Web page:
# List Comprehensions

In this chapter, we introduce

**list comprehensions**, which are used to create new lists from existing ones. The term comes from mathematics, where*set comprehension*is used to describe a set by enumerating its elements and/or stating conditions its members must satisfy. In Haskell, the syntax is the following:[ <GENERATOR> | <ELEMENT> <- <LIST>, <GUARD> ]

The

`GENERATOR`

is an expression that specifies how the elements of the new lists should be calculated, the `ELEMENT`

is an element from the specified existing `LIST`

, and the `GUARD`

is **an optional condition**we can set that an`ELEMENT`

must satisfy to end up in the new list we are creating via the `GENERATOR`

expression. The whole line can be read as *"create a list by applying the*`GENERATOR`

*for each*`ELEMENT`

*of the*`LIST`

*that meets the criteria set by the*`GUARD`

*"*. Let's take a look at an example list comprehension that creates**a list of only even numbers**:ghci> [x | x <- [1..10], even x]

[2,4,6,8,10]

The above can be read as

*"create a list of all numbers*`x`

*such that*`x`

*is an element of the list*`[1..10]`

*and*`x`

*is an even number"*. This simply puts`x`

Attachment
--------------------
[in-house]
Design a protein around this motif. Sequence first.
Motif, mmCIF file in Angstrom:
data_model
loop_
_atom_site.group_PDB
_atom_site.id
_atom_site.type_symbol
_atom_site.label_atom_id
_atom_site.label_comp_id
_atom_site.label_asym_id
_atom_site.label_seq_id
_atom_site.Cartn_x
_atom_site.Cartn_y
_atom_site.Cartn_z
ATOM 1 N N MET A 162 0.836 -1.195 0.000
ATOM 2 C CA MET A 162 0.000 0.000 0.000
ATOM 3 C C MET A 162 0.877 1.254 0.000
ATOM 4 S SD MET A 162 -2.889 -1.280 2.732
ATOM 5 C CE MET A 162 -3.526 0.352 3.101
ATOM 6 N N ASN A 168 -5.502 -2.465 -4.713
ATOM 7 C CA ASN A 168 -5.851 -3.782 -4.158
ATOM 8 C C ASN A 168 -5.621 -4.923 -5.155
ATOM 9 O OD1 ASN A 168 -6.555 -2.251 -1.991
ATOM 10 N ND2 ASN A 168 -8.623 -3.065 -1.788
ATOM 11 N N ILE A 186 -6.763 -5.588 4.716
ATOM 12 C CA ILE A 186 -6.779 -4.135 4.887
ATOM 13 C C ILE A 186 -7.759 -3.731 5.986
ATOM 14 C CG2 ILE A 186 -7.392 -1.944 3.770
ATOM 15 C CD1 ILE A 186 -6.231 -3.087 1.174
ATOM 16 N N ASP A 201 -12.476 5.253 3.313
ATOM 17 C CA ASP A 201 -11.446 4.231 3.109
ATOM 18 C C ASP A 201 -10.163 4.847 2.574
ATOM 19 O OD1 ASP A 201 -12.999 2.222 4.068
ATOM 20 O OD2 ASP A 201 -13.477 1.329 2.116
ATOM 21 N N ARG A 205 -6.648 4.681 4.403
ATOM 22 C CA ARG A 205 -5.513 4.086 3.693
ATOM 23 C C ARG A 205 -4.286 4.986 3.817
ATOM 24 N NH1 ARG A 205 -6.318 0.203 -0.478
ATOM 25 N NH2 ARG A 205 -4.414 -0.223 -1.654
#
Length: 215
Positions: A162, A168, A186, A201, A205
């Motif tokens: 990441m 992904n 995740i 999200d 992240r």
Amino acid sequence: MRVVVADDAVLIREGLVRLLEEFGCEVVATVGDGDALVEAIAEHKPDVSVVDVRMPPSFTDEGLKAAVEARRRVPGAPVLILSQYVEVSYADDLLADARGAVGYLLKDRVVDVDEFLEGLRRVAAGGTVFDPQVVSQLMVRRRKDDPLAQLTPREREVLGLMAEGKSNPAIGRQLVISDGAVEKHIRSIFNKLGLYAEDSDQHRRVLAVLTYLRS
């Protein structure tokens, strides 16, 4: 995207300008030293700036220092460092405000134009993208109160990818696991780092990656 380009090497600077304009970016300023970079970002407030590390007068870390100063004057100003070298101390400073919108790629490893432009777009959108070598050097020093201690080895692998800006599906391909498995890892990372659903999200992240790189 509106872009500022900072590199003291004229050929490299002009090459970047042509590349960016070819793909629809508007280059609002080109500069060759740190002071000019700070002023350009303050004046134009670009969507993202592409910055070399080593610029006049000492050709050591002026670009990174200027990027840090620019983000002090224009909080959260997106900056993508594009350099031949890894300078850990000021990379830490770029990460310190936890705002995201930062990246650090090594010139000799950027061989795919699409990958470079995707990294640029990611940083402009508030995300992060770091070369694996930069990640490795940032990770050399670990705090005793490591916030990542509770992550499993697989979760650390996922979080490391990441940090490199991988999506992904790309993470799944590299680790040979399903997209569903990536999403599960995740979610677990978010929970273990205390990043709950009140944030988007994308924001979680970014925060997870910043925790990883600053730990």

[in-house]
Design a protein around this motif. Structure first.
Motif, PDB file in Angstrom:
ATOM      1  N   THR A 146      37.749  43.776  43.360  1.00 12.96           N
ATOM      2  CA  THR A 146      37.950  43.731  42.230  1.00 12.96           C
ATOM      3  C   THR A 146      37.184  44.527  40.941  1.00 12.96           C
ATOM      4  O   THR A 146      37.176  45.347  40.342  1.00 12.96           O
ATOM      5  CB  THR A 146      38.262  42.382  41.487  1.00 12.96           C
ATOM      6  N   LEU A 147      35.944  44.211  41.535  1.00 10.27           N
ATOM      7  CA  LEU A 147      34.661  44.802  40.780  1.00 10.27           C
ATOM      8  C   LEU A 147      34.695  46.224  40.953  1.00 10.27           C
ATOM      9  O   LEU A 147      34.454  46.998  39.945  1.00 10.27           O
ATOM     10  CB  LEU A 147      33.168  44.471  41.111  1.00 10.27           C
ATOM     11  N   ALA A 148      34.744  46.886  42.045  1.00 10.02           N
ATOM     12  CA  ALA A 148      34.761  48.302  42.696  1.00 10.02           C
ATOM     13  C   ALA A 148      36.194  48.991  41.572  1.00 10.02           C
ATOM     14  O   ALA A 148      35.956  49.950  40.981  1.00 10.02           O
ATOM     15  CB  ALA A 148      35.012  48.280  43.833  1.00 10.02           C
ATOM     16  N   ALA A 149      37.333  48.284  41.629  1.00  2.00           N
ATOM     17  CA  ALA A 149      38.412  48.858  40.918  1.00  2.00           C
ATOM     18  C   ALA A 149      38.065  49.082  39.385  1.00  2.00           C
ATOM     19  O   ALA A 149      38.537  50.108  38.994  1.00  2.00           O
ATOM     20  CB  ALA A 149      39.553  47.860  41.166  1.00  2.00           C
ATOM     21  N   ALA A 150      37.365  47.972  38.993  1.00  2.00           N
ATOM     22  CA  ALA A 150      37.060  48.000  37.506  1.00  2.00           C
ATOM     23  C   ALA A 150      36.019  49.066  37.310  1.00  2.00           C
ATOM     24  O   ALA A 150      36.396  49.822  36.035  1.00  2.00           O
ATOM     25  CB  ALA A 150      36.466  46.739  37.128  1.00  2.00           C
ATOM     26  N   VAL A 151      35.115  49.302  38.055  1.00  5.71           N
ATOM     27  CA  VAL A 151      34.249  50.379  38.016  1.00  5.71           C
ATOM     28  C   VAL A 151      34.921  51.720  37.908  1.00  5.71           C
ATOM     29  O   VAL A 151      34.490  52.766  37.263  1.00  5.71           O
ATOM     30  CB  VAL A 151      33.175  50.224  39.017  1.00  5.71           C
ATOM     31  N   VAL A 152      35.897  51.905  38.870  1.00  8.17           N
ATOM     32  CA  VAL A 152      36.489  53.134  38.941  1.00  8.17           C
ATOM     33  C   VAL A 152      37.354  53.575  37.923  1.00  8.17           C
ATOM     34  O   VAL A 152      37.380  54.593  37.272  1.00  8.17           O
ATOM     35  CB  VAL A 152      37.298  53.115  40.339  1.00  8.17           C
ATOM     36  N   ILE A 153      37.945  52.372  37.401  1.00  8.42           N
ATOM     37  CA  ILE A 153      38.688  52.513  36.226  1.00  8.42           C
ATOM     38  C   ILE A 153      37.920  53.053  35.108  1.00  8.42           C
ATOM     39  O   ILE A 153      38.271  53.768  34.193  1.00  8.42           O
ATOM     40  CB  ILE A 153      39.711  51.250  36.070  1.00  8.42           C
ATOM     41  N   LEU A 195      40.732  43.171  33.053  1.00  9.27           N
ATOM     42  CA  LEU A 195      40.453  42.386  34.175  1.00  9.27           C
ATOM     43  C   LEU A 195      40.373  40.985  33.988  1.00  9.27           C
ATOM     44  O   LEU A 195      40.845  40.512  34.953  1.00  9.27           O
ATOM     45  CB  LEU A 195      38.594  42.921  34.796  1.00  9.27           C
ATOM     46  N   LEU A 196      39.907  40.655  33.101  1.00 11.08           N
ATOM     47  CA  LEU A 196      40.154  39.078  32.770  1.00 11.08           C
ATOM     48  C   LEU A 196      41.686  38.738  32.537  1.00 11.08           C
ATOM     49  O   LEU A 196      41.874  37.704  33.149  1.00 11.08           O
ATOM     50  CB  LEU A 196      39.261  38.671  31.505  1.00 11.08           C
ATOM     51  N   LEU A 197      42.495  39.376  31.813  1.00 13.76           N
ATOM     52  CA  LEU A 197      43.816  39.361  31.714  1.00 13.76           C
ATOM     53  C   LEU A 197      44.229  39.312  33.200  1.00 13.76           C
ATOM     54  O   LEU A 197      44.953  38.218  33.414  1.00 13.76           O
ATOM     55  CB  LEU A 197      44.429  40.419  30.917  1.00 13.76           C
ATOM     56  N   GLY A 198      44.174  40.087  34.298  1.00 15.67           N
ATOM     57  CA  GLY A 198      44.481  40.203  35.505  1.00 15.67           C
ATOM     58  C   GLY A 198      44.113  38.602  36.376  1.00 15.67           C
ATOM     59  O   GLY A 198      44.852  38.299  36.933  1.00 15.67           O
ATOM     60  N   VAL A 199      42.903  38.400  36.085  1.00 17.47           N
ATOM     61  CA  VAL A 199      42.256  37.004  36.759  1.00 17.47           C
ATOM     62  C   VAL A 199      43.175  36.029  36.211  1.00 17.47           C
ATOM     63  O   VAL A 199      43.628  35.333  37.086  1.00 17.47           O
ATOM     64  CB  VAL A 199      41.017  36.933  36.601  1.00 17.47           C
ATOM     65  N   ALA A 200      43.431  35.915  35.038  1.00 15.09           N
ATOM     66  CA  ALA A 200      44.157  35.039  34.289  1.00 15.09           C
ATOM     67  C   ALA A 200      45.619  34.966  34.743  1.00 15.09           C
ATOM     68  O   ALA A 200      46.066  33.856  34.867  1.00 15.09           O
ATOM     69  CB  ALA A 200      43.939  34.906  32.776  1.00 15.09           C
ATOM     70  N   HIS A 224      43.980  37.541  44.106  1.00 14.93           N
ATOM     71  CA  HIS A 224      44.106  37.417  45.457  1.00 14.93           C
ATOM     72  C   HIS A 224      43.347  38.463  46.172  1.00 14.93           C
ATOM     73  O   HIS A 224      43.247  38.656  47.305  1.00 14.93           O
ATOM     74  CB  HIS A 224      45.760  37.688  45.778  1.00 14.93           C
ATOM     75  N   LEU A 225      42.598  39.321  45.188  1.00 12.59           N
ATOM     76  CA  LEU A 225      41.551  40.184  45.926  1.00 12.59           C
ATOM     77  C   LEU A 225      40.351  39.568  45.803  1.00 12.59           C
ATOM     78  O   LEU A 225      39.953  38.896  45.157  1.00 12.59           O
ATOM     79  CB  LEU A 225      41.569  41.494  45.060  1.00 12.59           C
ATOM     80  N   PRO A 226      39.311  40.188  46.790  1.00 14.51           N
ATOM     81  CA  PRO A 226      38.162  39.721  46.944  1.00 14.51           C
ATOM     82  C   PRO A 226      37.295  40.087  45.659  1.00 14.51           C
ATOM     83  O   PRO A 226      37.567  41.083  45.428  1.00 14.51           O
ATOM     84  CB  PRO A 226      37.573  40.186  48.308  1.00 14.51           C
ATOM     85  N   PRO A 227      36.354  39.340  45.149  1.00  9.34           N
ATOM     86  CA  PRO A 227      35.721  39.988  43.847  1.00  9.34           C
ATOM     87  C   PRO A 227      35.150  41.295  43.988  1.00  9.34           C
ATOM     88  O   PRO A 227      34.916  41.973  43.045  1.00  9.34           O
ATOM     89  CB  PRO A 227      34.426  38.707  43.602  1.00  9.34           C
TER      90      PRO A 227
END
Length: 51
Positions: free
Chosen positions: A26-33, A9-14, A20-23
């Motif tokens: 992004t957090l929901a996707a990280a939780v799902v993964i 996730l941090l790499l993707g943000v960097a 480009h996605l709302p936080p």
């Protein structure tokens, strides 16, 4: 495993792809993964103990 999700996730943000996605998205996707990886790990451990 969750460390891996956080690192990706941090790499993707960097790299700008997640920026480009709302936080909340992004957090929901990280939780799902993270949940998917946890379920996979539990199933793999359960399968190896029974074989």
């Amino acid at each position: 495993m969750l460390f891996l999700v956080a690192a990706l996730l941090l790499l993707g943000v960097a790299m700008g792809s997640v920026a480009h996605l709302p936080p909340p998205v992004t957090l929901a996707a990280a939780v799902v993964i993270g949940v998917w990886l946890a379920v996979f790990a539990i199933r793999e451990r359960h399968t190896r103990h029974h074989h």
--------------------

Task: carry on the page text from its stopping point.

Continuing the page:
into a new list if it meets the guard criteria, but we could also apply function(s) to `x`

:ghci> [x * 2 | x <- [1..10], even x]

[4,8,12,16,20]

We do not even have to use

`x`

for our generator, while we can still use it for the guard expression:ghci> ["even!" | x <- [1..10], even x]

["even!","even!","even!","even!","even!"]

We can also specify

**multiple lists as well as multiple guards in list comprehensions**. In the case of multiple lists, the deeper nested list (the one specified last) is iterated through for each element of the previous list(s):ghci> [ (x, y) | x <- [1..3], y <- ['a'..'c'] ]

[

(1,'a'),(1,'b'),(1,'c'),

(2,'a'),(2,'b'),(2,'c'),

(3,'a'),(3,'b'),(3,'c')

]

In this case, the list

`['a'..'b']`

is iterated through three times, once for each element in the first list `[1..3]`

.